Hillary's Presidential Speed Bump

Sen. Hillary Rodham Clinton, D-N.Y., center, pauses during a press conference with Rep. John Dingell, D-Mich., left, and Sen. Barbara Mikulski, D- Md., right, on Tuesday, Sept. 6, 2005 in Washington. AP

This story was written by CBSNews.com's Scott Conroy.



Sen. Hillary Clinton, D-N.Y., has all the hallmarks of a clearcut favorite to win the Democratic nomination for president in 2008. She enjoys nearly universal name recognition, focuses on high-profile issues and, perhaps most importantly, has the ability to raise a lot of cash. But there is a massive amount of ground to cover before she can allow visions of settling back into 1600 Pennsylvania Ave. to dance in her head.

First up is her Senate reelection campaign. In a development that could spice up the 2006 race, two antiwar candidates have announced they will challenge Clinton for the Democratic nomination in New York next year.

Former National Writers Union president Jonathan Tasini and former Green Party member Steven Greenfield are hoping to tap into the party's liberal base in this dark blue state. One of their primary tasks will be to reshape the popular perception of Clinton's ideological makeup and to portray her as out of step with New Yorkers. They may have some cause for optimism in this effort.

"She has a reputation as a strong liberal, which is at variance with her background, her agreement with her husband on most issues and most of her policies in the Senate," said Brookings Institute Senior Fellow Thomas Mann.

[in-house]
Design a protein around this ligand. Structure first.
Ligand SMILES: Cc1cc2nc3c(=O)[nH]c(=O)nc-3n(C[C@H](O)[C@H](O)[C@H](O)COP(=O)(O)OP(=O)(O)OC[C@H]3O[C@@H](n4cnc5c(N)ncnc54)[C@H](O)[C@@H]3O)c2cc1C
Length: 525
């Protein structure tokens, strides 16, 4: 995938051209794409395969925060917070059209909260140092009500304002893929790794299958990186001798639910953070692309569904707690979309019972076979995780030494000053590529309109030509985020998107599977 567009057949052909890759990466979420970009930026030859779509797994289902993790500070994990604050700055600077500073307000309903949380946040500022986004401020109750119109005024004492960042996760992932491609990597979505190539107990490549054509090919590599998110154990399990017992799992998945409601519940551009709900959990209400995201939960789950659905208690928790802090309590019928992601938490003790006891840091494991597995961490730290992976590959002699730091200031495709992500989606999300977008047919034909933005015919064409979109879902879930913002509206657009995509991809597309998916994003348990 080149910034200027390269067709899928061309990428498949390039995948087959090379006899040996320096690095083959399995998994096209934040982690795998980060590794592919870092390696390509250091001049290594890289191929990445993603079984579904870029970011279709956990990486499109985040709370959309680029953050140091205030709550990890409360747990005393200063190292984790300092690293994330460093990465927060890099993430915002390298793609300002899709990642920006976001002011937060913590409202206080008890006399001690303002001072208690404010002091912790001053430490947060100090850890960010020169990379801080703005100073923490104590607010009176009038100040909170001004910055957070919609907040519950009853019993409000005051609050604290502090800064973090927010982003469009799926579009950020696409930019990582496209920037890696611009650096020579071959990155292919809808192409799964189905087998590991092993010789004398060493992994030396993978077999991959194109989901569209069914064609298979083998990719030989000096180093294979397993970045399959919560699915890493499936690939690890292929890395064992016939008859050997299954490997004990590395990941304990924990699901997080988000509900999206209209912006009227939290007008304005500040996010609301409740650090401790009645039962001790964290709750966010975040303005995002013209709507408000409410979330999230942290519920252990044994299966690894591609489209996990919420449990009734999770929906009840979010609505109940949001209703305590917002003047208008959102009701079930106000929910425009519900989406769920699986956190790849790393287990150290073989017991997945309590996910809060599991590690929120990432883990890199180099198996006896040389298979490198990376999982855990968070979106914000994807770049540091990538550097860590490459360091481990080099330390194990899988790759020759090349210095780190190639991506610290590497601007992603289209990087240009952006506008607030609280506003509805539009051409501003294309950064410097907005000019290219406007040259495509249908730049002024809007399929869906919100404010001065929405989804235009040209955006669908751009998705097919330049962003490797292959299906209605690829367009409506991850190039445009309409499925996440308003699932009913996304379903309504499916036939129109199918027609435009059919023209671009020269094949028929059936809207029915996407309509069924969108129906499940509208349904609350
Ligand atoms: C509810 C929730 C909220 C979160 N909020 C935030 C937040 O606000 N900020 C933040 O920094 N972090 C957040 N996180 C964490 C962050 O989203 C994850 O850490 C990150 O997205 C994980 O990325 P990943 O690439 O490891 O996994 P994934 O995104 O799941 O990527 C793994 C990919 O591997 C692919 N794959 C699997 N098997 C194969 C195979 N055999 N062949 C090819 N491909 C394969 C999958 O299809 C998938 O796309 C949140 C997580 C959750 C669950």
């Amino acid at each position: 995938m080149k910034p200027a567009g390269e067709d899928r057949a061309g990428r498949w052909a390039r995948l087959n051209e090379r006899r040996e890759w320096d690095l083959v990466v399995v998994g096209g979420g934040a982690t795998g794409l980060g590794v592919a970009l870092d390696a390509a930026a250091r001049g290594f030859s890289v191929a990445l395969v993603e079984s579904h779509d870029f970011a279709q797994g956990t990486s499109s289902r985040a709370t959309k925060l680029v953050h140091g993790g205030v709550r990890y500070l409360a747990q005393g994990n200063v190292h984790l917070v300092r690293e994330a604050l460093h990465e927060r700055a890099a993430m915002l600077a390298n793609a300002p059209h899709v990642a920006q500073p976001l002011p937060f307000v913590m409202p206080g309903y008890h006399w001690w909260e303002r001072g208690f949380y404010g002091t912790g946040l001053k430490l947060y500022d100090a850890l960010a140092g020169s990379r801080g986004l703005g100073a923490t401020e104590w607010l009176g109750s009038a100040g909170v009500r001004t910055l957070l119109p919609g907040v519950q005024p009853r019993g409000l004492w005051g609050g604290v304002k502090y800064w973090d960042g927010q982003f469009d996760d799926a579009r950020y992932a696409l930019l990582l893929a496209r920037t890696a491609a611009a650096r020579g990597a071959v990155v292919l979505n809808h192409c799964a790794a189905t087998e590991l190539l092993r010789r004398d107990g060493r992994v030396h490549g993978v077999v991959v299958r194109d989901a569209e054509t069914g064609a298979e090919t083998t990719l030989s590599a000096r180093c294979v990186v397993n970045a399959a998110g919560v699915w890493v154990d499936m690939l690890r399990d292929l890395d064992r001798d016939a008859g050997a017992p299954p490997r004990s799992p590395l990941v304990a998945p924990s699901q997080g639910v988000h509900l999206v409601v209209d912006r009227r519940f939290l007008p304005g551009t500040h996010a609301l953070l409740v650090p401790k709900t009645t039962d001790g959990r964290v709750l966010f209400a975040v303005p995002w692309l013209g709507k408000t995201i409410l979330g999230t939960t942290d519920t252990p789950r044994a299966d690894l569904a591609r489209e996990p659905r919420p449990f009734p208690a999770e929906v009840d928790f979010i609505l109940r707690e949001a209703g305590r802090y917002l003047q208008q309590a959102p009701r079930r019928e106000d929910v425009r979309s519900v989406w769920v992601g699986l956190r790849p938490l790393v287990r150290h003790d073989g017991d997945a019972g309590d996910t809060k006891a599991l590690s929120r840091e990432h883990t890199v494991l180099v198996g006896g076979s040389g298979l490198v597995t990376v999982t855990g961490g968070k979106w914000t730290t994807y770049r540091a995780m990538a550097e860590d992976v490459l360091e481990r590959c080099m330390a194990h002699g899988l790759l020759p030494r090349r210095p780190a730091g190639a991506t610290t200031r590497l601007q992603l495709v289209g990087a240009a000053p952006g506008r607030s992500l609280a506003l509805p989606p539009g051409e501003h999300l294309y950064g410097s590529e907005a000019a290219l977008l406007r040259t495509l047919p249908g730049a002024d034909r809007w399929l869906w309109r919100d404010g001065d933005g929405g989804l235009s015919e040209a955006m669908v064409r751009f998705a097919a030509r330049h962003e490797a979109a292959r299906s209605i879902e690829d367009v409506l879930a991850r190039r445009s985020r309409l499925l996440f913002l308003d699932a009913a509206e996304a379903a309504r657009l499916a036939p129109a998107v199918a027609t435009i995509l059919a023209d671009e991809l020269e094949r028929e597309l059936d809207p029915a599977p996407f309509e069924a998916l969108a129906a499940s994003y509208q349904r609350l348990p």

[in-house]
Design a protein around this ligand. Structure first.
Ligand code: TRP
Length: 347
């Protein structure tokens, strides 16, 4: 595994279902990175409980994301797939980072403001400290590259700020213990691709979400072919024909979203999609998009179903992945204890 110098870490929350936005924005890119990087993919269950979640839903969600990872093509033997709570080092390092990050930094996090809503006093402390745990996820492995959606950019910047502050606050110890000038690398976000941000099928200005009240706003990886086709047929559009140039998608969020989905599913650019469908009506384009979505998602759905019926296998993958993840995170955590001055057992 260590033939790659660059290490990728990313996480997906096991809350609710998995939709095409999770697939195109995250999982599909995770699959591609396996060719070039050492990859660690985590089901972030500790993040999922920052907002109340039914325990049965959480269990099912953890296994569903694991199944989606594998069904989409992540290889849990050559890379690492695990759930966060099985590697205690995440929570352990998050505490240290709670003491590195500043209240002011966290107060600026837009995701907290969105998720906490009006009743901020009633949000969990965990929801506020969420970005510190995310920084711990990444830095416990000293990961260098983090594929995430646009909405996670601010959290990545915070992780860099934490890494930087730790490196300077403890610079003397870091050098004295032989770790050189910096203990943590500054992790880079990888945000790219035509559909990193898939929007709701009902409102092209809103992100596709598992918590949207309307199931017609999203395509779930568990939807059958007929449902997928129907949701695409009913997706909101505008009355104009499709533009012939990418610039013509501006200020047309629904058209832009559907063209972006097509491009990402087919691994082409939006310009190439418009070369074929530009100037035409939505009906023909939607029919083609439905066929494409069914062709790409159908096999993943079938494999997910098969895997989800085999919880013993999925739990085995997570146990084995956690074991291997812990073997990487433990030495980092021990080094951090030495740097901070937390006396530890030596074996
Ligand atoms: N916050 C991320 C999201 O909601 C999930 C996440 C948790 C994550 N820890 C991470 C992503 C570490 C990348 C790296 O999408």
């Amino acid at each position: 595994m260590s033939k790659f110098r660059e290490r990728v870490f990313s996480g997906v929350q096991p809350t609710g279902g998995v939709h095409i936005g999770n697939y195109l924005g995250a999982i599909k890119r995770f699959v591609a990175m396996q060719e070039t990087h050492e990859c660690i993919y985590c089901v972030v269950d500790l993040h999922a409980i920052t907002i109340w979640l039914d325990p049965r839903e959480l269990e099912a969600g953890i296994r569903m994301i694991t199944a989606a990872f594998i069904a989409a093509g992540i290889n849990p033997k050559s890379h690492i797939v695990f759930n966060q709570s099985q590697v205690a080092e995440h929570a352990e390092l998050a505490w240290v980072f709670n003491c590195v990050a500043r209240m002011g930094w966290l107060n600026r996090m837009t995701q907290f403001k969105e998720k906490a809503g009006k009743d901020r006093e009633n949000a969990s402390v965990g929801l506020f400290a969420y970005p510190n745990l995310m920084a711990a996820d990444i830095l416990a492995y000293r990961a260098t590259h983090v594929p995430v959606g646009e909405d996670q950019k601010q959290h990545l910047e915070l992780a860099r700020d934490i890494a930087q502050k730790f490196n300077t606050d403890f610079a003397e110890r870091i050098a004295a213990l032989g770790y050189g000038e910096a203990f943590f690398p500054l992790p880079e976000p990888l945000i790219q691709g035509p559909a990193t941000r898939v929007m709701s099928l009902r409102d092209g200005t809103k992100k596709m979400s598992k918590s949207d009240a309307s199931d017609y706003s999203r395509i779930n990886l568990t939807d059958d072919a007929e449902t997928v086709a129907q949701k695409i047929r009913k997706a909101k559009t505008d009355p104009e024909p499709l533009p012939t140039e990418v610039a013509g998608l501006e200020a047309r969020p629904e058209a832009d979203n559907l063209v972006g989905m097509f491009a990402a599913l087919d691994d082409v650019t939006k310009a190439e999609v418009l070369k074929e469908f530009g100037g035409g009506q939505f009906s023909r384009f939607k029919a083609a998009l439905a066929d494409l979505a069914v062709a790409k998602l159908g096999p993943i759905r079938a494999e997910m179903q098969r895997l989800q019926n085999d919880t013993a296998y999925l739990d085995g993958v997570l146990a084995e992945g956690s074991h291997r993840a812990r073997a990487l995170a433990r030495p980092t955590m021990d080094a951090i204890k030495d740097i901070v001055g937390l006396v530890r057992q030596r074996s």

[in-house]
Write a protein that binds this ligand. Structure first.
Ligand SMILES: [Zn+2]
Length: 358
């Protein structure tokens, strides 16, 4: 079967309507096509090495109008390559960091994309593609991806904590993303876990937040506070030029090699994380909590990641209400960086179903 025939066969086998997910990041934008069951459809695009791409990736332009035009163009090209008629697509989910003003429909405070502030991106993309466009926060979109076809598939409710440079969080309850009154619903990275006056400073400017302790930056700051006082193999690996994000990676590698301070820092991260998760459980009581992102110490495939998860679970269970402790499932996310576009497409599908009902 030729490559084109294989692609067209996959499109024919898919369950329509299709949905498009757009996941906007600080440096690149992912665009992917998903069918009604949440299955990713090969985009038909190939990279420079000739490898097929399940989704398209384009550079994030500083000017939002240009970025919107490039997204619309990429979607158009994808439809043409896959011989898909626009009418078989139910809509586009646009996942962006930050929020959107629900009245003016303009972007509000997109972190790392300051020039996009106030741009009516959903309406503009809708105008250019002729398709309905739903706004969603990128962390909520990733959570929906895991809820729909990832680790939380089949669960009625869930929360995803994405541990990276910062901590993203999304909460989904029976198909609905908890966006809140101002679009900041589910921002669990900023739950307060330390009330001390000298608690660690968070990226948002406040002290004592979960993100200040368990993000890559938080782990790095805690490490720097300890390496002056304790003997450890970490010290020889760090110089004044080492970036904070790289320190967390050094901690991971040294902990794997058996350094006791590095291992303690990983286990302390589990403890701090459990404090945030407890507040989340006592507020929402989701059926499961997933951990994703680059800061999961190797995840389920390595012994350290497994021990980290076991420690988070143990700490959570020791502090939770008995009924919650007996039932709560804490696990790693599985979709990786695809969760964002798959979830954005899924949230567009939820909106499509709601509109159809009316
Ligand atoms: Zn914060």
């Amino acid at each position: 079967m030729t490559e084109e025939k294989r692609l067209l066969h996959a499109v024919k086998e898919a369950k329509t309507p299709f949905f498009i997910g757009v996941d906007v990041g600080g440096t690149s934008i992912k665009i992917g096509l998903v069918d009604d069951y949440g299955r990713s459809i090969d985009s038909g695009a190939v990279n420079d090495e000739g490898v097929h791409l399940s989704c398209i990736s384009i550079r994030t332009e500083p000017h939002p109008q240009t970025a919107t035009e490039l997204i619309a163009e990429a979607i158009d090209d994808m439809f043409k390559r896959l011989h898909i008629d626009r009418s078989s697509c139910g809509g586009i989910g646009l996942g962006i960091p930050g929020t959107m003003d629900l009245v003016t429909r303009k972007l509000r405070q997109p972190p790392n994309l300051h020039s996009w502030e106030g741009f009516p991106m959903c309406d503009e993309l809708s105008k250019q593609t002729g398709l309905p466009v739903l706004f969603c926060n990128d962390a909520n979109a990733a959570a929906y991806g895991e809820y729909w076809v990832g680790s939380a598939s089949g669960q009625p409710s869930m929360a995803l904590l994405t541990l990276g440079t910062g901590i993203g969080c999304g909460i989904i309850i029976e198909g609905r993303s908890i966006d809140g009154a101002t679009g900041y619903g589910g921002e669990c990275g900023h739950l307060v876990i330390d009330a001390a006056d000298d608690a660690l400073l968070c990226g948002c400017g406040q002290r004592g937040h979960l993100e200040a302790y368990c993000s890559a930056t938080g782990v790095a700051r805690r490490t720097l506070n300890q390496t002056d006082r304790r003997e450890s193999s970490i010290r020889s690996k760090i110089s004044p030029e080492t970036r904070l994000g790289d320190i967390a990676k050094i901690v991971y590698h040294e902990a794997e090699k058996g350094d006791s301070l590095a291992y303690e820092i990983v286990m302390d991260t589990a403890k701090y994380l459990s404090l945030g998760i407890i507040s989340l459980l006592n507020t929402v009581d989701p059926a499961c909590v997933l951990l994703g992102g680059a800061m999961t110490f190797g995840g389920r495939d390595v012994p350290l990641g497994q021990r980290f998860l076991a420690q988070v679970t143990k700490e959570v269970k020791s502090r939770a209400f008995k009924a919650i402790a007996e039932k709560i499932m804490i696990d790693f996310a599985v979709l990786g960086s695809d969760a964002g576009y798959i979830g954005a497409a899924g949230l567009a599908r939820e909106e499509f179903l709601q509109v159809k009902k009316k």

Clinton, who as a senator has tried to steer for the center, could now find herself glancing over her left shoulder rather than her right one. How she responds to this antiwar challenge next year could have a direct impact on how she and other Oval Office aspirants position themselves leading up to 2008.

"I started this campaign feeling very strongly that a majority of New Yorkers are with us on the issues," said one of the antiwar candidates, Tasini, in a phone interview. "While this is obviously a huge task to take on a very visible incumbent with high name recognition, I think that we're where the New Yorkers are."

In Tasini's former role as president of the National Writers Union, he gained visibility as the plaintiff in a landmark Supreme Court case. The nation's high court ruled in June 2001 that the New York Times and other publishers had violated freelance writers' rights by publishing their print pieces electronically without permission.

The platform of Tasini's Senate campaign is focused squarely on Iraq. He says that the troops should be brought home now and hopes to channel the energy he has seen develop in the national grassroots movement against the war.

"Murtha certainly captured it. Cindy Sheehan has captured it," he said. "There are various local places where people are capturing it, and I hope to capture that here in New York."

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    Scott Conroy is a National Political Reporter for RealClearPolitics and a contributor for CBS News.

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